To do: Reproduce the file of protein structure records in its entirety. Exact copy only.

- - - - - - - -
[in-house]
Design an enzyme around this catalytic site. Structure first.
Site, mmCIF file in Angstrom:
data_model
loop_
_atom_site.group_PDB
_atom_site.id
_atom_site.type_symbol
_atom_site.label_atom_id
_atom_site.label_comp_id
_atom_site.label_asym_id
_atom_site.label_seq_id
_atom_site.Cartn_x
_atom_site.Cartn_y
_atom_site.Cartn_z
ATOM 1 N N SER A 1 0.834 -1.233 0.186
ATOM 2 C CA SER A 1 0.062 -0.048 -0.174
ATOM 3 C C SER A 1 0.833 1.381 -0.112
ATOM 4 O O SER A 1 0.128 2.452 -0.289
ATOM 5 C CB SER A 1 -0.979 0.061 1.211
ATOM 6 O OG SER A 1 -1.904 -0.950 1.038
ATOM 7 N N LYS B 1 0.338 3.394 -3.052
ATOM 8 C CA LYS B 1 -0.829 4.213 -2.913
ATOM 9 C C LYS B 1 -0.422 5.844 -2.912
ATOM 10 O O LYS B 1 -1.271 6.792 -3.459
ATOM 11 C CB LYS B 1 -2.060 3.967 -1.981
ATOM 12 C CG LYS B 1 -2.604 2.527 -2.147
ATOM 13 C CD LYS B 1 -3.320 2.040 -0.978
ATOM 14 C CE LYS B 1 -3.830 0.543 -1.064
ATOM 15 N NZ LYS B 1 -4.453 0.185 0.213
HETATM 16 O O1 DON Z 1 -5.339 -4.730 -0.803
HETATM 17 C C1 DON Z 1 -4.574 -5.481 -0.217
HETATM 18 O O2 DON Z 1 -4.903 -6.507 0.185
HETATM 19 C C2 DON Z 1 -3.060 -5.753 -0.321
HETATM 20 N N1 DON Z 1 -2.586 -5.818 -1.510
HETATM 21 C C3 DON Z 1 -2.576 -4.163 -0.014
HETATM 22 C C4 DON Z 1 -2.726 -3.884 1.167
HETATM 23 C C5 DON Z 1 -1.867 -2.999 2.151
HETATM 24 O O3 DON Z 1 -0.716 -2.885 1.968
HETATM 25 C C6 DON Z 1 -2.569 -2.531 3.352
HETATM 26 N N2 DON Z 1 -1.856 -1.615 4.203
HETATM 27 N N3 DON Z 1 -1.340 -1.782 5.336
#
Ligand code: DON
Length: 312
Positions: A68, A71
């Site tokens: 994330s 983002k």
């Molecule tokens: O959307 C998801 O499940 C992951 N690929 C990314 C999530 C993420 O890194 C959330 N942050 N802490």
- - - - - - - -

[in-house]
Design an enzyme around this catalytic site. Structure first.
Site, mmCIF file in Angstrom:
data_model
loop_
_atom_site.group_PDB
_atom_site.id
_atom_site.type_symbol
_atom_site.label_atom_id
_atom_site.label_comp_id
_atom_site.label_asym_id
_atom_site.label_seq_id
_atom_site.Cartn_x
_atom_site.Cartn_y
_atom_site.Cartn_z
ATOM 1 N N SER A 1 0.834 -1.233 0.186
ATOM 2 C CA SER A 1 0.062 -0.048 -0.174
ATOM 3 C C SER A 1 0.833 1.381 -0.112
ATOM 4 O O SER A 1 0.128 2.452 -0.289
ATOM 5 C CB SER A 1 -0.979 0.061 1.211
ATOM 6 O OG SER A 1 -1.904 -0.950 1.038
ATOM 7 N N LYS B 1 0.338 3.394 -3.052
ATOM 8 C CA LYS B 1 -0.829 4.213 -2.913
ATOM 9 C C LYS B 1 -0.422 5.844 -2.912
ATOM 10 O O LYS B 1 -1.271 6.792 -3.459
ATOM 11 C CB LYS B 1 -2.060 3.967 -1.981
ATOM 12 C CG LYS B 1 -2.604 2.527 -2.147
ATOM 13 C CD LYS B 1 -3.320 2.040 -0.978
ATOM 14 C CE LYS B 1 -3.830 0.543 -1.064
ATOM 15 N NZ LYS B 1 -4.453 0.185 0.213
HETATM 16 O O1 DON Z 1 -5.339 -4.730 -0.803
HETATM 17 C C1 DON Z 1 -4.574 -5.481 -0.217
HETATM 18 O O2 DON Z 1 -4.903 -6.507 0.185
HETATM 19 C C2 DON Z 1 -3.060 -5.753 -0.321
HETATM 20 N N1 DON Z 1 -2.586 -5.818 -1.510
HETATM 21 C C3 DON Z 1 -2.576 -4.163 -0.014
HETATM 22 C C4 DON Z 1 -2.726 -3.884 1.167
HETATM 23 C C5 DON Z 1 -1.867 -2.999 2.151
HETATM 24 O O3 DON Z 1 -0.716 -2.885 1.968
HETATM 25 C C6 DON Z 1 -2.569 -2.531 3.352
HETATM 26 N N2 DON Z 1 -1.856 -1.615 4.203
HETATM 27 N N3 DON Z 1 -1.340 -1.782 5.336
#
Ligand code: DON
Length: 312
Positions: A68, A71
């Site tokens: 994330s 983002k």
């Molecule tokens: O959307 C998801 O499940 C992951 N690929 C990314 C999530 C993420 O890194 C959330 N942050 N802490």